It is also not by chance that the escalation in immigration and anti-EU rhetoric in Britain has coincided with the recent bye-elections which the Conservative party has lost to Ukip in Clacton and Rochester and Strood. As the Ukip ratings went up, Ministers started banging on about the necessity to get rid of the EU’s freedom of movement principle, the PM refused to pay the additional EU tax which his government has agreed, etc. This smacks of short-term electioneering. However, a red line was crossed when the Defence Minister, Mr Michael Fallon claimed that certain towns are being “swamped” by immigrants and their residents are “under siege”. The Prime Minister’s Office reworded “swamped” with “under pressure” but the boat had already left the harbour. The escalation of emotive language being used by Government ministers is a clear trend that the rest of society takes its cue from.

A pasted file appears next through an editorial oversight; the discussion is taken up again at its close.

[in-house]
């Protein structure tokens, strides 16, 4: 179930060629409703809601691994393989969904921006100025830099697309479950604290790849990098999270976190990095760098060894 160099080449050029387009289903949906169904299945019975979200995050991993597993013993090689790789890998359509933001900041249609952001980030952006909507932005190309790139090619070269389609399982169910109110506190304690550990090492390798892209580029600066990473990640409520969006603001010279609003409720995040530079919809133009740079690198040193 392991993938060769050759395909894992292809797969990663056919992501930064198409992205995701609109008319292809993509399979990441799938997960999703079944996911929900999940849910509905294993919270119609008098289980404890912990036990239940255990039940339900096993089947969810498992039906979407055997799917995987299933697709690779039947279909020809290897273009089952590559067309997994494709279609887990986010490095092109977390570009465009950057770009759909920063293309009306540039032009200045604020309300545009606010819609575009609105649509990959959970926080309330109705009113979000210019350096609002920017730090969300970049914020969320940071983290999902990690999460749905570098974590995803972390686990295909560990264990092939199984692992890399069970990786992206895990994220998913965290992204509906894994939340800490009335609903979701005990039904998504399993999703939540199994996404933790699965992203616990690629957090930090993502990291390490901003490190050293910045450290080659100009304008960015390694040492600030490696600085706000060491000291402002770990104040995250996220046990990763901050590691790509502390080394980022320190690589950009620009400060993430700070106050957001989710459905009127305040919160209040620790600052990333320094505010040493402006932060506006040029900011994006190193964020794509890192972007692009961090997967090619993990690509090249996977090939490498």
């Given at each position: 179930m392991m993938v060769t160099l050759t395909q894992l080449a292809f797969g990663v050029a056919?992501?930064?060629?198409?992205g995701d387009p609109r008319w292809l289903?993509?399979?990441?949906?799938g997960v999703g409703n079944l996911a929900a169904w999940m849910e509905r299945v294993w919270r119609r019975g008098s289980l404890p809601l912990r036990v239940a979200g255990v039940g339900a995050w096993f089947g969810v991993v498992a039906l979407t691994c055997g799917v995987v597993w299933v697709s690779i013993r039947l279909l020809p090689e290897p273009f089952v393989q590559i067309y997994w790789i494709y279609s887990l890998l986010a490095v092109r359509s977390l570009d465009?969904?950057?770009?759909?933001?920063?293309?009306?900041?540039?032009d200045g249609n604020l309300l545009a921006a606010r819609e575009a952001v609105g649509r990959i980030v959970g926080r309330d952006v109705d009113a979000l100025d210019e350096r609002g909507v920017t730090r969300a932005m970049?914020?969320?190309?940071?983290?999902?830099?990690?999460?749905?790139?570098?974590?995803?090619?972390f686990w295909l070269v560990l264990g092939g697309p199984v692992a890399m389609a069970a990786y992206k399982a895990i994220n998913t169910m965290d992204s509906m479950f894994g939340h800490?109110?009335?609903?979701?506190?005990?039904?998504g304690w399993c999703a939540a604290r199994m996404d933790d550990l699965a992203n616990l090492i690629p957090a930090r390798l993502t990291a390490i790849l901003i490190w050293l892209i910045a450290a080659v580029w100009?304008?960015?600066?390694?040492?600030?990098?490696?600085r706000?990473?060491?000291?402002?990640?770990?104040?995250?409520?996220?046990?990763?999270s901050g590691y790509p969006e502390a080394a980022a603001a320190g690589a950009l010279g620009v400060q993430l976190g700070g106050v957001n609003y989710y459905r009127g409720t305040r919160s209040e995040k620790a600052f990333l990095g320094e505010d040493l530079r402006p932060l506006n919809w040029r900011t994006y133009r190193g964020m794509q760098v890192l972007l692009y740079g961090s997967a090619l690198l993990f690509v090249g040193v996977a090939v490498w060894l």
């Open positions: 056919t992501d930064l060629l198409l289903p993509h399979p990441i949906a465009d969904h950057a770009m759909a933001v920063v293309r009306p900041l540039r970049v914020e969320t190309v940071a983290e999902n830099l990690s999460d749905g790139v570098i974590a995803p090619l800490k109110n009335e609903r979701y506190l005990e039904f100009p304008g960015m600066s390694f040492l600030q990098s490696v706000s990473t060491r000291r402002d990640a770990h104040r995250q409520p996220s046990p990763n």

This is nothing new in Britain. In 1978, Mrs Margaret Thatcher stated that large numbers of migrant workers and foreigners (from the new Commonwealth and Pakistan) meant that people were afraid that the country might be rather swamped by people of a different culture. This even before referring to Enoch Powell’s so-called “Rivers of Blood” speech in 1968 which is credited, at least in part, with playing a contributory role in the unexpected 1970 Conservative general election win.
While such political (and media) rhetoric is hardly new in British politics, it does mark a major new departure in the UK where the Government itself (and to some extent the Labour Party) seems to have lost a sense of moderation in relation to the political discourse on immigration and the EU. I expect this trend to intensify in the months until the General Election in May 2015.